The legislation which takes effect in December 2012 bans the use of logos and brand imagery on cigarette packages.

Instead brand names are required to be printed in small, uniform font on dull olive green packaging. The government believes consumers will hate the olive green colour based on conducted research.

The law passed on Monday by parliament will make Australia the first country to restrict logos, branding, colours and promotion text on tobacco packets.

The new cigarette packs will include larger health warnings and graphic pictures of the negative effects of smoking.

One such picture shows mouth cancer, with blistered lips, decaying gums and brown rotting teeth.

These warnings and photographs will make up 75 per cent of the front of the new packaging, and 90 per cent of the back.

Tobacco companies have been fighting this legislation since its inception, and had threatened legal action when the government first announced its packaging plan last year.

“We are left with no option,” Anne Edwards, a spkesman for Philip Morris Asia, said in a statement. “The government has passed this legislation despite being unable to demonstrate that it will be effective at reducing smoking and has ignored the widespread concerns raised in Australia and internationally regarding the serious legal issues associated with plain packaging.”

Philip Morris Asia, based in Hong Kong, served the legal notice through an investment treaty between Hong Kong and Australia. The company will also file claims under Australian law.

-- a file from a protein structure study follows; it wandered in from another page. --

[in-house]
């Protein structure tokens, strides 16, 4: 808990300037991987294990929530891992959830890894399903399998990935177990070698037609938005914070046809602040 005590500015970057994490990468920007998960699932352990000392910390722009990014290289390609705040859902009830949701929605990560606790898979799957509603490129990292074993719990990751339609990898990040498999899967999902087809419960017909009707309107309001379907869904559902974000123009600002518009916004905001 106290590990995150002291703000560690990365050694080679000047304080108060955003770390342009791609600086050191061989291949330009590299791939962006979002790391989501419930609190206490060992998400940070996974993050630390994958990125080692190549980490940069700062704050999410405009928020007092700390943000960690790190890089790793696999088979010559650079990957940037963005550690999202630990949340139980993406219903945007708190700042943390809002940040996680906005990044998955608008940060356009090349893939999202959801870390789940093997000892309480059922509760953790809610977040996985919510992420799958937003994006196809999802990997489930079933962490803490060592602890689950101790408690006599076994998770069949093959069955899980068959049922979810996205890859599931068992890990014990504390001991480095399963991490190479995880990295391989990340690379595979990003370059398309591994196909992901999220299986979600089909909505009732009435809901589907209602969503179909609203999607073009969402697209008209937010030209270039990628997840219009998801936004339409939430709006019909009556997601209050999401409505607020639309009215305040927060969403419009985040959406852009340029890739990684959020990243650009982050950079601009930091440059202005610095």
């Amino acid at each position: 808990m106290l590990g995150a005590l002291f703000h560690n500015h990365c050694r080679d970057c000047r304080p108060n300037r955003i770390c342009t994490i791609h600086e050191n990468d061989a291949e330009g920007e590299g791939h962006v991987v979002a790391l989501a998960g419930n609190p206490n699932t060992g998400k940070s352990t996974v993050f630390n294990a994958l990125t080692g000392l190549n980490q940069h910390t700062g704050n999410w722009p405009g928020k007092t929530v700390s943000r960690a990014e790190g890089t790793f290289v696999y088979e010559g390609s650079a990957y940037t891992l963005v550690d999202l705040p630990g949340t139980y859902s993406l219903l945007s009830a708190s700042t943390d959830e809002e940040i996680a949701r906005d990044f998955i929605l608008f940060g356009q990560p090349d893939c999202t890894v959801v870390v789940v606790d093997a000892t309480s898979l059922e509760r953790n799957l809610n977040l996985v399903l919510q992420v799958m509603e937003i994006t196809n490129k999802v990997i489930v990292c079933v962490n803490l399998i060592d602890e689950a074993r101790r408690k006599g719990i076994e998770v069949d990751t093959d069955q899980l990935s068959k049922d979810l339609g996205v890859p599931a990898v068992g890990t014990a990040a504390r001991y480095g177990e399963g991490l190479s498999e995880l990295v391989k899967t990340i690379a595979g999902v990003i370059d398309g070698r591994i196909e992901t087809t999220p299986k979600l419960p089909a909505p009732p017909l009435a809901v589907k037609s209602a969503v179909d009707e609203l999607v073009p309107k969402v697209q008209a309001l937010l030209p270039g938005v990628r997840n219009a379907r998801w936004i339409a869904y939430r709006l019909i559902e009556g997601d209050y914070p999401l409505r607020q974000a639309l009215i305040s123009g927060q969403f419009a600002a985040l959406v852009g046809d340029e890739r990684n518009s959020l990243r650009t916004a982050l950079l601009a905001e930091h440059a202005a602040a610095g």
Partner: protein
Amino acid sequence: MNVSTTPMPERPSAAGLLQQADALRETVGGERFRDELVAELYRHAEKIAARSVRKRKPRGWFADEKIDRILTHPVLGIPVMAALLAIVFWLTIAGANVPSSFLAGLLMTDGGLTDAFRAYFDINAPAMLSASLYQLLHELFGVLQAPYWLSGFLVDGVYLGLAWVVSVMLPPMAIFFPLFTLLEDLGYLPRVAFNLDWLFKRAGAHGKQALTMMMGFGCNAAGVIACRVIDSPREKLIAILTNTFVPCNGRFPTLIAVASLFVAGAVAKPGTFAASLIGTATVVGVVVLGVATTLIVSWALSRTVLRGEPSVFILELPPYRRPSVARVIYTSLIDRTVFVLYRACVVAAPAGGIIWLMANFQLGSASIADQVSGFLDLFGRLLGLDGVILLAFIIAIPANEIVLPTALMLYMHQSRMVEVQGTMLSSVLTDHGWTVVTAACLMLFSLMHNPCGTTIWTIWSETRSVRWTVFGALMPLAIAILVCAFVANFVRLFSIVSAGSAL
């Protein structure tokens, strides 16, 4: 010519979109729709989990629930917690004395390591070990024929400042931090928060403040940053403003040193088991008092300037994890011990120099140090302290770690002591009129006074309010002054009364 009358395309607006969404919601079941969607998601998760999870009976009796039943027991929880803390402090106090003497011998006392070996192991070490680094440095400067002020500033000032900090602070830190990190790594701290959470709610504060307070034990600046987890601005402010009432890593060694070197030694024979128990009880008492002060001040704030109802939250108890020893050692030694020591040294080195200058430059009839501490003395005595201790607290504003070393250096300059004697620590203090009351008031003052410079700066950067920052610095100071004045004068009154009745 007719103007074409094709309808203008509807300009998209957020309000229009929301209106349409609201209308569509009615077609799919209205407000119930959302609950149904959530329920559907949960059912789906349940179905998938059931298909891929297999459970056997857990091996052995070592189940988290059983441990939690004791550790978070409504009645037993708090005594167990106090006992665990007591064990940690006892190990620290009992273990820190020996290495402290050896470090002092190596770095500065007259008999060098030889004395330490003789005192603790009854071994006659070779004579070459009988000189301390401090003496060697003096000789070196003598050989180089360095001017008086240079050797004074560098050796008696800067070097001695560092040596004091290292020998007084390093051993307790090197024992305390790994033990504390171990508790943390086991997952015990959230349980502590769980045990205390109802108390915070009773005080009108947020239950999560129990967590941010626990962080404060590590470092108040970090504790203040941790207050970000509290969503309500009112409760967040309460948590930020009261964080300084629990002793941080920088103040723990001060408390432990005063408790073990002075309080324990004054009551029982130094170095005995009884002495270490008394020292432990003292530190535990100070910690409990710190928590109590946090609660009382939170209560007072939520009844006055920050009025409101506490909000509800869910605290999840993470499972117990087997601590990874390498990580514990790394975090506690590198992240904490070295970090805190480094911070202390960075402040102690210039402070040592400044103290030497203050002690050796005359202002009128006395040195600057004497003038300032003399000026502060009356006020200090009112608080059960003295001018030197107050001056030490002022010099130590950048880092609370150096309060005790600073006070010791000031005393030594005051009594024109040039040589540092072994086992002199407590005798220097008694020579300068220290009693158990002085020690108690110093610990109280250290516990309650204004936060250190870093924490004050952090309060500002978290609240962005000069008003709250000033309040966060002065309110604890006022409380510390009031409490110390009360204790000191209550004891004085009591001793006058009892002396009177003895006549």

The Melbourne-based company employs more than 800 people in Australia and held nearly 38 per cent of the local cigarette market in 2010, according to a company statement.

Health and Ageing Minister Nicola Roxon called the new law “an example for the world to follow.”

She said: “Plain packaging means that the glamour is gone from smoking and cigarettes are now exposed for what they are: killer products that destroy thousands of Australian families.”

Tobacco adverts on billboards and in magazines have long been outlawed.

Roxon said packaging is one of the last powerful marketing tools at the tobacco companies’ disposal.

She said: “Let there be no mistake, big tobacco is fighting against the government for one very simple reason — because it knows, as we do, that plain packaging will work.”

Philip Morris said it expects to lose “billions of dollars” in damages, and estimates the legal process will take two to three years.

The government says cigarettes kill 15,000 Australians a year, despite years of declining smoking rates in the country.

Main photo: British American Tobacco Australia chief executive David Crow (Getty images)